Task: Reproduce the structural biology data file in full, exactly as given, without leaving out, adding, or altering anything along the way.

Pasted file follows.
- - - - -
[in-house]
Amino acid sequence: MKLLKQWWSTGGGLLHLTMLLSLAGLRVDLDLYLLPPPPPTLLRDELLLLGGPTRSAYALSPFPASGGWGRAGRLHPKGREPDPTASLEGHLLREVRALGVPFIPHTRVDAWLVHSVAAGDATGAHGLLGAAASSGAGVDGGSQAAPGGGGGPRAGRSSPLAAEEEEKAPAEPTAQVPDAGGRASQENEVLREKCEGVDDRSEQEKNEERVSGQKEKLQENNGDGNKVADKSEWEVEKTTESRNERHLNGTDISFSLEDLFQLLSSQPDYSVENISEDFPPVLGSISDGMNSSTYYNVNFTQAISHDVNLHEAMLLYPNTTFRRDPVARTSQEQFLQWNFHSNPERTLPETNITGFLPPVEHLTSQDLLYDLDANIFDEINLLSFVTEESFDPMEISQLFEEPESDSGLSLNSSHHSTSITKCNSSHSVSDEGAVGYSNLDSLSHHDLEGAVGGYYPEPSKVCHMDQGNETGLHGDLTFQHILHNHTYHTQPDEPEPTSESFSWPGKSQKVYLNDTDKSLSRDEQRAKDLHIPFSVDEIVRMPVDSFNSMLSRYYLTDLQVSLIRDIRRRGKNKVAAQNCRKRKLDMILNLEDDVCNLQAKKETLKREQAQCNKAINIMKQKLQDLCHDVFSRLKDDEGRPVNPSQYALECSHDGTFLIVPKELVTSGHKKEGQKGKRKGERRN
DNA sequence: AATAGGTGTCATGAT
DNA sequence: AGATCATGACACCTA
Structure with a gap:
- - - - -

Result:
[in-house]
Amino acid sequence: MKLLKQWWSTGGGLLHLTMLLSLAGLRVDLDLYLLPPPPPTLLRDELLLLGGPTRSAYALSPFPASGGWGRAGRLHPKGREPDPTASLEGHLLREVRALGVPFIPHTRVDAWLVHSVAAGDATGAHGLLGAAASSGAGVDGGSQAAPGGGGGPRAGRSSPLAAEEEEKAPAEPTAQVPDAGGRASQENEVLREKCEGVDDRSEQEKNEERVSGQKEKLQENNGDGNKVADKSEWEVEKTTESRNERHLNGTDISFSLEDLFQLLSSQPDYSVENISEDFPPVLGSISDGMNSSTYYNVNFTQAISHDVNLHEAMLLYPNTTFRRDPVARTSQEQFLQWNFHSNPERTLPETNITGFLPPVEHLTSQDLLYDLDANIFDEINLLSFVTEESFDPMEISQLFEEPESDSGLSLNSSHHSTSITKCNSSHSVSDEGAVGYSNLDSLSHHDLEGAVGGYYPEPSKVCHMDQGNETGLHGDLTFQHILHNHTYHTQPDEPEPTSESFSWPGKSQKVYLNDTDKSLSRDEQRAKDLHIPFSVDEIVRMPVDSFNSMLSRYYLTDLQVSLIRDIRRRGKNKVAAQNCRKRKLDMILNLEDDVCNLQAKKETLKREQAQCNKAINIMKQKLQDLCHDVFSRLKDDEGRPVNPSQYALECSHDGTFLIVPKELVTSGHKKEGQKGKRKGERRN
DNA sequence: AATAGGTGTCATGAT
DNA sequence: AGATCATGACACCTA
Structure with a gap: